Bothell-Kenmore community shows support for Clark, Ranstrom

Emotional times these are in Bothell and Kenmore. Tough and grueling times, but also hopeful days when good thoughts and actions can reach through the gray moments and make a difference in people’s lives. And members of the Northshore community are stepping up to the plate to help out those in need: specifically Kelly Clark and Duane Ranstrom.

Emotional times these are in Bothell and Kenmore.

Tough and grueling times, but also hopeful days when good thoughts and actions can reach through the gray moments and make a difference in people’s lives.

And members of the Northshore community are stepping up to the plate to help out those in need: specifically Kelly Clark and Duane Ranstrom.

Clark, who was recently injured in a car accident, is slowly — and strongly — on the mend and speaking from her hospital bed. People have pulled through for her and the Clark family with massive support through prayers and a benefit blood drive and production of the “Wizard of Oz.” You can check her progress through passionately written updates at www.carepages.com under Kelly Clark’s Recovery.

According to a June 17 update, Clark says, “Thank you to everyone.”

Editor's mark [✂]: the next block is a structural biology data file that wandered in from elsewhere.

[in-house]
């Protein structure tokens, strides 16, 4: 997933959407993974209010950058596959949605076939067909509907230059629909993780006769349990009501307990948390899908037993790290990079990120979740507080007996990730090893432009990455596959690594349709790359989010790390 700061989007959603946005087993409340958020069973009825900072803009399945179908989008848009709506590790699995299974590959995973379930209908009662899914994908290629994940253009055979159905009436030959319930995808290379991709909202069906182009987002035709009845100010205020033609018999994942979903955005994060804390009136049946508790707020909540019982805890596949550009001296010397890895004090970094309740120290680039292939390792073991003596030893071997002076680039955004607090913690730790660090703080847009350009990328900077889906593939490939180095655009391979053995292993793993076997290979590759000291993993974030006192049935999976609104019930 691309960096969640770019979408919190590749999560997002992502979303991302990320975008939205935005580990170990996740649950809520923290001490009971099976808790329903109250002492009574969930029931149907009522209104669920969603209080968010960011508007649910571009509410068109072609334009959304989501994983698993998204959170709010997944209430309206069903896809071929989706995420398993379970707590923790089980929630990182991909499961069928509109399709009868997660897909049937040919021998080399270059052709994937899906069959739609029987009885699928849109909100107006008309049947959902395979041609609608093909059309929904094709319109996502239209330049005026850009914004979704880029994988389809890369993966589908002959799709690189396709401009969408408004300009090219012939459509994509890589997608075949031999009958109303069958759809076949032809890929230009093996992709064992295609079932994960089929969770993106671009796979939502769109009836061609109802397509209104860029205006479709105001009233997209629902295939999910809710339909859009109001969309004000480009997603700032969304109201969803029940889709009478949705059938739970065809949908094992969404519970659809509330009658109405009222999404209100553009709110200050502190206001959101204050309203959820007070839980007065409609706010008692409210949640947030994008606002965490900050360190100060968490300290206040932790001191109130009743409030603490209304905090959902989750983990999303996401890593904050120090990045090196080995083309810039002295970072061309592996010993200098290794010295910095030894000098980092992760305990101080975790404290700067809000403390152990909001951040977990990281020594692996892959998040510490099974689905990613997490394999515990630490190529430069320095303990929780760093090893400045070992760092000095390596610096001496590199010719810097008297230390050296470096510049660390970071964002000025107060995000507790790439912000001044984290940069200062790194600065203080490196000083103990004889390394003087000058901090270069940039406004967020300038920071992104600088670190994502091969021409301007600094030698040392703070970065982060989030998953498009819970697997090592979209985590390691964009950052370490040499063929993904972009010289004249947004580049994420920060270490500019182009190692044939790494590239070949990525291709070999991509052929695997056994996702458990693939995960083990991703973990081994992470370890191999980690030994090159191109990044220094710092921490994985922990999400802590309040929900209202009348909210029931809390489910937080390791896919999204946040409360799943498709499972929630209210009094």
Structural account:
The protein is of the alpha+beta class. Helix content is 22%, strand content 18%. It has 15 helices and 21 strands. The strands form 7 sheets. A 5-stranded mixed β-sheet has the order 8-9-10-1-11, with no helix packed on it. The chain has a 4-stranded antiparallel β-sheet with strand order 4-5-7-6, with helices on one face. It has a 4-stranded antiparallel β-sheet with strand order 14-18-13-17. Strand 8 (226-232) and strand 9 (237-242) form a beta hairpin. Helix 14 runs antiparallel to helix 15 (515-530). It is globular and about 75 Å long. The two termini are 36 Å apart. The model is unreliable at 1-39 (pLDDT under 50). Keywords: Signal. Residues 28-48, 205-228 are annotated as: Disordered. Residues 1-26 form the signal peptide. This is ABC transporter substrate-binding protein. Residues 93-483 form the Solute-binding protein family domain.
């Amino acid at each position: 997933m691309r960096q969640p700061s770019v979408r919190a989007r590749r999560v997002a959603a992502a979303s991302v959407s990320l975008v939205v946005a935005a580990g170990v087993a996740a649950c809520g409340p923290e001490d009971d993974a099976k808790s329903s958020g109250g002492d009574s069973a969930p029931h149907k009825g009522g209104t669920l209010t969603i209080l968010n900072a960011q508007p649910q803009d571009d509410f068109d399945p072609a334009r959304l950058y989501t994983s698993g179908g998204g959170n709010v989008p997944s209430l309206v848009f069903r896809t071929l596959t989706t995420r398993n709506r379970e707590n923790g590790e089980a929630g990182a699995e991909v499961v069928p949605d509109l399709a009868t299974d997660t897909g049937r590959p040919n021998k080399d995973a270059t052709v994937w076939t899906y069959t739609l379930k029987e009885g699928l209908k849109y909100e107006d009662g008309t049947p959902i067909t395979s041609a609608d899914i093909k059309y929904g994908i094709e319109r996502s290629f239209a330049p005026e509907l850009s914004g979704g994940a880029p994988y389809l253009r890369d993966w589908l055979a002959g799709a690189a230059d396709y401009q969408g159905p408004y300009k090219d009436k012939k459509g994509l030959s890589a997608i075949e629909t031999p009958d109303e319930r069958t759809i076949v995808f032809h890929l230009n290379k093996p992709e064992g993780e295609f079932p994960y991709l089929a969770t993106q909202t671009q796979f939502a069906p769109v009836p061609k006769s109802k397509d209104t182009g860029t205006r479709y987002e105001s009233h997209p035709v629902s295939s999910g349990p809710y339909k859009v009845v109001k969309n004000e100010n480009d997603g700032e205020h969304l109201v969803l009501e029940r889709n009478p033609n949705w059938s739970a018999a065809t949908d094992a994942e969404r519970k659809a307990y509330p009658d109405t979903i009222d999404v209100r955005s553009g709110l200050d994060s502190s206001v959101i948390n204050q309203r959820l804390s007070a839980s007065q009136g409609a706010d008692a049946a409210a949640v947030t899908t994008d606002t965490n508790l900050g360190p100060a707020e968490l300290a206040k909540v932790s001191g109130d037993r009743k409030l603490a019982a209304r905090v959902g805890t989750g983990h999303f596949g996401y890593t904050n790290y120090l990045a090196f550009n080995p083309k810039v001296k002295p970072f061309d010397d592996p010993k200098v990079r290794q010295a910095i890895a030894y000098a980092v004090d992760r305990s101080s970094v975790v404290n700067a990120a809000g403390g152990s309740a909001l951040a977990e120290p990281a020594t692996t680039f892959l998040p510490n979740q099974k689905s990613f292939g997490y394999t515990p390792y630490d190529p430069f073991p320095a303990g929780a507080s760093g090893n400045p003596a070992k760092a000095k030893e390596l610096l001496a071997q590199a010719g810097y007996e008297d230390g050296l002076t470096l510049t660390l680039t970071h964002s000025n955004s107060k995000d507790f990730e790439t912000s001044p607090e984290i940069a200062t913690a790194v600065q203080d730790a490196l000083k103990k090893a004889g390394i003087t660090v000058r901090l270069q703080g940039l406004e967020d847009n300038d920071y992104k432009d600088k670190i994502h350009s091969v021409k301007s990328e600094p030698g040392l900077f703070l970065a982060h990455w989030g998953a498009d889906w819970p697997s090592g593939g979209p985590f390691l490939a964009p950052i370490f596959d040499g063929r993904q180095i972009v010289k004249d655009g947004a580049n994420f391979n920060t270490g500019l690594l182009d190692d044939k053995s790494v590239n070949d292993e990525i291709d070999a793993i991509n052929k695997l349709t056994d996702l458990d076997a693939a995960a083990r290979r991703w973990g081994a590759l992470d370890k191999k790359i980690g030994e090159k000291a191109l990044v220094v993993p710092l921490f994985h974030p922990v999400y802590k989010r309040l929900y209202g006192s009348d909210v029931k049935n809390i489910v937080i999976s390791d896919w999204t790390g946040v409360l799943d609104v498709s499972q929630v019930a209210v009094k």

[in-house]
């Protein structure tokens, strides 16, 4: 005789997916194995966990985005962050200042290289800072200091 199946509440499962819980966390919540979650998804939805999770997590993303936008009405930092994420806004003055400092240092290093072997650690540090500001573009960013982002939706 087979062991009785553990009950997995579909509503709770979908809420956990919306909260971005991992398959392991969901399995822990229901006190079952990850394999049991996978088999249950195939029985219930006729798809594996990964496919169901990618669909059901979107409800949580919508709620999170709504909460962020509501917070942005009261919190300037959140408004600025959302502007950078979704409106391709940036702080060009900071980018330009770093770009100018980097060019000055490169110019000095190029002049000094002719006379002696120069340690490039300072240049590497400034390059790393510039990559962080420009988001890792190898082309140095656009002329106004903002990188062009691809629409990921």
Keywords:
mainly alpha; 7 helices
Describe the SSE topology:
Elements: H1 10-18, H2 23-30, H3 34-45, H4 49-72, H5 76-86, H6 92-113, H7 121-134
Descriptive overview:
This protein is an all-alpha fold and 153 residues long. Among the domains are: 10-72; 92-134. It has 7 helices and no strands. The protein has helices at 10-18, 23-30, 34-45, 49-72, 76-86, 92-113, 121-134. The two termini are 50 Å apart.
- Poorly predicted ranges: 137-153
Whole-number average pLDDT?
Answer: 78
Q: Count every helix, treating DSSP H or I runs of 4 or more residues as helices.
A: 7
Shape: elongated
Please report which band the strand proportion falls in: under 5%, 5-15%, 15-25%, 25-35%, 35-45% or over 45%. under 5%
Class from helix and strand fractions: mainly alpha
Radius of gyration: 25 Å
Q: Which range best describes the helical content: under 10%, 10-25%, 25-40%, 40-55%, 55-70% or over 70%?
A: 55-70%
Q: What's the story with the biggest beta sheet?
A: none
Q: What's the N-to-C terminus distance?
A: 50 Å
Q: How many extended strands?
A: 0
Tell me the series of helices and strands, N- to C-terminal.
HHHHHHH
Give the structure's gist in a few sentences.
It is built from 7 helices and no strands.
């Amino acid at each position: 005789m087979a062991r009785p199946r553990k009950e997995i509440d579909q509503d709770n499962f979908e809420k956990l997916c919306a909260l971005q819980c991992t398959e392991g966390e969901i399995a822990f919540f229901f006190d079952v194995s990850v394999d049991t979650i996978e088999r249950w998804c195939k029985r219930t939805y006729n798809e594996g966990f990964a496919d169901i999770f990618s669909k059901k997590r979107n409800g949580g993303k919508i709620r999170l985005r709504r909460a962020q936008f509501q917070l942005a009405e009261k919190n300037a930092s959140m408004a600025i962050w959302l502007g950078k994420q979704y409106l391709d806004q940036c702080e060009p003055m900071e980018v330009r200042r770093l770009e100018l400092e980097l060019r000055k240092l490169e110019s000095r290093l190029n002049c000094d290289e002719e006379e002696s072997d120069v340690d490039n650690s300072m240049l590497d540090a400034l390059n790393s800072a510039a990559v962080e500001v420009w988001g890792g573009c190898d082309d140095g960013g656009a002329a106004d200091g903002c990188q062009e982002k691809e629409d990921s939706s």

Tonight, family and friends of Ranstrom — who suffered heart failure and was in a coma at the Reporter’s press time — will host a benefit spaghetti feed (see page 1 for details).

It’s at the same location where Bothell and Inglemoor high-school football supporters chow down before the annual Spaghetti Bowl contest, but this time they’ll be rooting for Ranstrom. He’s a Bothell resident and Inglemoor coach, so both local cities will be represented and bound together for a special cause.

Both these people are lucky to have such strong support systems in an unending list of family members and friends. For Clark, there’s her two children, husband and the Girl Scouts crew, and for Ranstrom, there’s his five children, wife and the football folks. They’ve made a positive impact on everyone involved, and they’re all pulling for Clark and Ranstrom to recover and return to the activities they love most.

For some of us, it’s impossible to put ourselves in these families’ shoes and decipher what they’re going through, but we can do our best and help in any way possible. A letter, a gift, a prayer, a hello — those are the little things that will go a long way during these painful days and nights of waiting for good news to shine their way.

And we here at the Reporter will do our best to get the word out about any upcoming events to benefit Clark and Ranstrom.

We’re here with you, as is the rest of the Northshore community.

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